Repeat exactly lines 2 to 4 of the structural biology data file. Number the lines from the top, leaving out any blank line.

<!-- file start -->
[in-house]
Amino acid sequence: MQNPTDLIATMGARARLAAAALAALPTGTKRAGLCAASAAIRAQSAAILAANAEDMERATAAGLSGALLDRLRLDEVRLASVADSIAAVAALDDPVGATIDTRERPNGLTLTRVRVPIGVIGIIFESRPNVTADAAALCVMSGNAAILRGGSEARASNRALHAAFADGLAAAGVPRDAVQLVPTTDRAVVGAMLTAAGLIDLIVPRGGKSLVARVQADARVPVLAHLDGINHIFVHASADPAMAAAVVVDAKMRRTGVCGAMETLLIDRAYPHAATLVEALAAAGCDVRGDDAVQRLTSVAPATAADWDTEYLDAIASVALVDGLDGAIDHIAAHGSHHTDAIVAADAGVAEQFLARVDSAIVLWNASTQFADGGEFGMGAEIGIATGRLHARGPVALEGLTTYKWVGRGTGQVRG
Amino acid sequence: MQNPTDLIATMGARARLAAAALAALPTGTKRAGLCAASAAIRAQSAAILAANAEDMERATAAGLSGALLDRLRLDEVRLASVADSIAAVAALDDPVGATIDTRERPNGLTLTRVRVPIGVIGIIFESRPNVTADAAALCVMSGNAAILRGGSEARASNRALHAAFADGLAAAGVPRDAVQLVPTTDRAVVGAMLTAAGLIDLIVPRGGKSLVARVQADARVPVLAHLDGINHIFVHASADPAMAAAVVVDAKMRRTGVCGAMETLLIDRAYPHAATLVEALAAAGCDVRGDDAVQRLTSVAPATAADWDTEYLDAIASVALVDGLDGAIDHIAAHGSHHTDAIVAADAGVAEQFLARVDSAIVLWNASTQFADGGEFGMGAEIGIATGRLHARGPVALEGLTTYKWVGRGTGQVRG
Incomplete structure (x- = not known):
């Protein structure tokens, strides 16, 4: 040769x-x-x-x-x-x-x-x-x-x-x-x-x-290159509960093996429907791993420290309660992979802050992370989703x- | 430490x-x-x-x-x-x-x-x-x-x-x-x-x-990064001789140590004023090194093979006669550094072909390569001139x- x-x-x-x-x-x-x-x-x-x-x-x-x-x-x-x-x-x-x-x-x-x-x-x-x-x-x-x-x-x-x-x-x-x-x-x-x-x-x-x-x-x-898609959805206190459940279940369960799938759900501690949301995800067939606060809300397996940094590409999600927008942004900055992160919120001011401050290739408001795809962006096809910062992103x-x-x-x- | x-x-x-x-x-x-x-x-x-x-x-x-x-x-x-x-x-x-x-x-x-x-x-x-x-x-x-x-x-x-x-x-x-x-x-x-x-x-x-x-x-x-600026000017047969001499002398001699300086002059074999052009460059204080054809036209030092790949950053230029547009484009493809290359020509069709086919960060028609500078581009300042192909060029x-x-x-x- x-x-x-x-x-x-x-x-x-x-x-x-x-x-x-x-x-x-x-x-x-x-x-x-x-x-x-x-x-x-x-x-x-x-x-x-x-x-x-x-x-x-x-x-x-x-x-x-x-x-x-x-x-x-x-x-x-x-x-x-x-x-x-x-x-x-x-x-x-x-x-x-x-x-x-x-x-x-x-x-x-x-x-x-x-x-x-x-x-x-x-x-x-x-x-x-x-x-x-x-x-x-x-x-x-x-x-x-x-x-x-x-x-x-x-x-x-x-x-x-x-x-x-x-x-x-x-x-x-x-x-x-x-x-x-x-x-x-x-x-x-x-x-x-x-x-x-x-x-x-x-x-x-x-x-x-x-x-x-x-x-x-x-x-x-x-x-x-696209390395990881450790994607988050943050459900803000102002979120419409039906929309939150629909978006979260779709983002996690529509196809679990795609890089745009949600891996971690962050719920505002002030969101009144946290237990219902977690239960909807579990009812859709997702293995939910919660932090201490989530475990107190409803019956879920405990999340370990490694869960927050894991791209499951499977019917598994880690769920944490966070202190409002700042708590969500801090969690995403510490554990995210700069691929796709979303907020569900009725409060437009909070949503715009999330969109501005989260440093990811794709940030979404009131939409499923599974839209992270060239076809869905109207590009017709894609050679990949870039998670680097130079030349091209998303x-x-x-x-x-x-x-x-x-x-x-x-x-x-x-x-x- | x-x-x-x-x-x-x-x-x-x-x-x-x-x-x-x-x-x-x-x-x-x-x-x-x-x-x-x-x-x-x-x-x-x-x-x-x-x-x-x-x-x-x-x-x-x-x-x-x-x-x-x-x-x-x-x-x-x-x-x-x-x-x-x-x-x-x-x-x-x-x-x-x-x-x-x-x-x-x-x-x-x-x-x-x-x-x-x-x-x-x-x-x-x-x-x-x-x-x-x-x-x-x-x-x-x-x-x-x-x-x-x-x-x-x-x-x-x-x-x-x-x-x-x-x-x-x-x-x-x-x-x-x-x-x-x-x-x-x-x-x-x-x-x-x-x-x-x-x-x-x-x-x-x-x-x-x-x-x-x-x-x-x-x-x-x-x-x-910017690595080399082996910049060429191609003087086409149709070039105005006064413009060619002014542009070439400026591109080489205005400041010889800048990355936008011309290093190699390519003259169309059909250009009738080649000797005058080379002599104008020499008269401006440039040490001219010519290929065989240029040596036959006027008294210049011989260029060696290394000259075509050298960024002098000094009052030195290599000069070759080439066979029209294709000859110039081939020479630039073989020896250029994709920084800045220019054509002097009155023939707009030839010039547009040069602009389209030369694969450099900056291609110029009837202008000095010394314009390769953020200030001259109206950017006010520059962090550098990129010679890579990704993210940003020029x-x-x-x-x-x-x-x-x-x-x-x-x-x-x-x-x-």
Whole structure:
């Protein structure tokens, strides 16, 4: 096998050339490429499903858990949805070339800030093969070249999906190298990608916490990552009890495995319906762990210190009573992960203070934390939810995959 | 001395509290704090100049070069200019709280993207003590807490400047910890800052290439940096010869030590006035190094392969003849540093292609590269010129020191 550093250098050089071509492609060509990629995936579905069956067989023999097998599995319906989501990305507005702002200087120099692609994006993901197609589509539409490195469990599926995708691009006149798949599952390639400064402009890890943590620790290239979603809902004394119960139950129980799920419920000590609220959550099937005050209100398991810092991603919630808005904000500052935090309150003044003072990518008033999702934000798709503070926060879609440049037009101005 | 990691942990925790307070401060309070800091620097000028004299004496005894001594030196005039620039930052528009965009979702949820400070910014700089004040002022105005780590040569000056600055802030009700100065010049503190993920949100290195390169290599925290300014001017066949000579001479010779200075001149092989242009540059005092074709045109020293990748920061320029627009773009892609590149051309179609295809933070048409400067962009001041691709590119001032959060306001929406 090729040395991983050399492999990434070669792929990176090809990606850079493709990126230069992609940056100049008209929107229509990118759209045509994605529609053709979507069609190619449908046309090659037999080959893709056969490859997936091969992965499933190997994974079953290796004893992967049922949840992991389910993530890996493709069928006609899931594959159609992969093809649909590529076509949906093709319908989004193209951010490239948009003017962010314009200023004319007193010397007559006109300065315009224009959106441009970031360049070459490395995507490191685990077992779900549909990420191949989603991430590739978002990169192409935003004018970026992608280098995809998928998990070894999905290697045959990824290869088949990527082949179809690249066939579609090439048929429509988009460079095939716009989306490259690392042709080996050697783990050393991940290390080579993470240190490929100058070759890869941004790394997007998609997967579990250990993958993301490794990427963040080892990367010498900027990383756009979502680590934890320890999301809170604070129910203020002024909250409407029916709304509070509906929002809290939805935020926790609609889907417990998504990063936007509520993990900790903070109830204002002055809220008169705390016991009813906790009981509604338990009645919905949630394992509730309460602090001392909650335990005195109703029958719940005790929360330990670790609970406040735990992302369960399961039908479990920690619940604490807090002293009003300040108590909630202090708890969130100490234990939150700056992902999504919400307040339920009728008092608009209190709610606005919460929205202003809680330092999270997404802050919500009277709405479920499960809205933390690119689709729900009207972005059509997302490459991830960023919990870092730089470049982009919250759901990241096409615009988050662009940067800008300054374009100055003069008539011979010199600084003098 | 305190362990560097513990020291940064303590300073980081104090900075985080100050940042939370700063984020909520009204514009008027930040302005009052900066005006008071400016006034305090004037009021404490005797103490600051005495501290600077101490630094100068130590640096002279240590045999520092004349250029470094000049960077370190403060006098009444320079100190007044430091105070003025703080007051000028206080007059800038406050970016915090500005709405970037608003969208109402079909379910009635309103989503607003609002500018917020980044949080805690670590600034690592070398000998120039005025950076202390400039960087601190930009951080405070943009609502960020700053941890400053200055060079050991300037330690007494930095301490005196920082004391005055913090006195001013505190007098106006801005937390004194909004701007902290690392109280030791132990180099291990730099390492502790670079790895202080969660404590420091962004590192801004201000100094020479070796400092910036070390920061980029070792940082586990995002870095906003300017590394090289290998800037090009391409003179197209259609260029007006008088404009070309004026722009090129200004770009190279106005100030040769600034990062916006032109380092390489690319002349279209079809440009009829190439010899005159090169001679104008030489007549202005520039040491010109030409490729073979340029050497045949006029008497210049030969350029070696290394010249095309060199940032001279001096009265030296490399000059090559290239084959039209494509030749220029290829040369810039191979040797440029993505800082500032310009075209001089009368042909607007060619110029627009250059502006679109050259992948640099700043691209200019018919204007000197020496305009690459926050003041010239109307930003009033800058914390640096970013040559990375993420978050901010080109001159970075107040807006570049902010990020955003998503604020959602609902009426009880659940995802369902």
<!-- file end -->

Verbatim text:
Amino acid sequence: MQNPTDLIATMGARARLAAAALAALPTGTKRAGLCAASAAIRAQSAAILAANAEDMERATAAGLSGALLDRLRLDEVRLASVADSIAAVAALDDPVGATIDTRERPNGLTLTRVRVPIGVIGIIFESRPNVTADAAALCVMSGNAAILRGGSEARASNRALHAAFADGLAAAGVPRDAVQLVPTTDRAVVGAMLTAAGLIDLIVPRGGKSLVARVQADARVPVLAHLDGINHIFVHASADPAMAAAVVVDAKMRRTGVCGAMETLLIDRAYPHAATLVEALAAAGCDVRGDDAVQRLTSVAPATAADWDTEYLDAIASVALVDGLDGAIDHIAAHGSHHTDAIVAADAGVAEQFLARVDSAIVLWNASTQFADGGEFGMGAEIGIATGRLHARGPVALEGLTTYKWVGRGTGQVRG
Amino acid sequence: MQNPTDLIATMGARARLAAAALAALPTGTKRAGLCAASAAIRAQSAAILAANAEDMERATAAGLSGALLDRLRLDEVRLASVADSIAAVAALDDPVGATIDTRERPNGLTLTRVRVPIGVIGIIFESRPNVTADAAALCVMSGNAAILRGGSEARASNRALHAAFADGLAAAGVPRDAVQLVPTTDRAVVGAMLTAAGLIDLIVPRGGKSLVARVQADARVPVLAHLDGINHIFVHASADPAMAAAVVVDAKMRRTGVCGAMETLLIDRAYPHAATLVEALAAAGCDVRGDDAVQRLTSVAPATAADWDTEYLDAIASVALVDGLDGAIDHIAAHGSHHTDAIVAADAGVAEQFLARVDSAIVLWNASTQFADGGEFGMGAEIGIATGRLHARGPVALEGLTTYKWVGRGTGQVRG
Incomplete structure (x- = not known):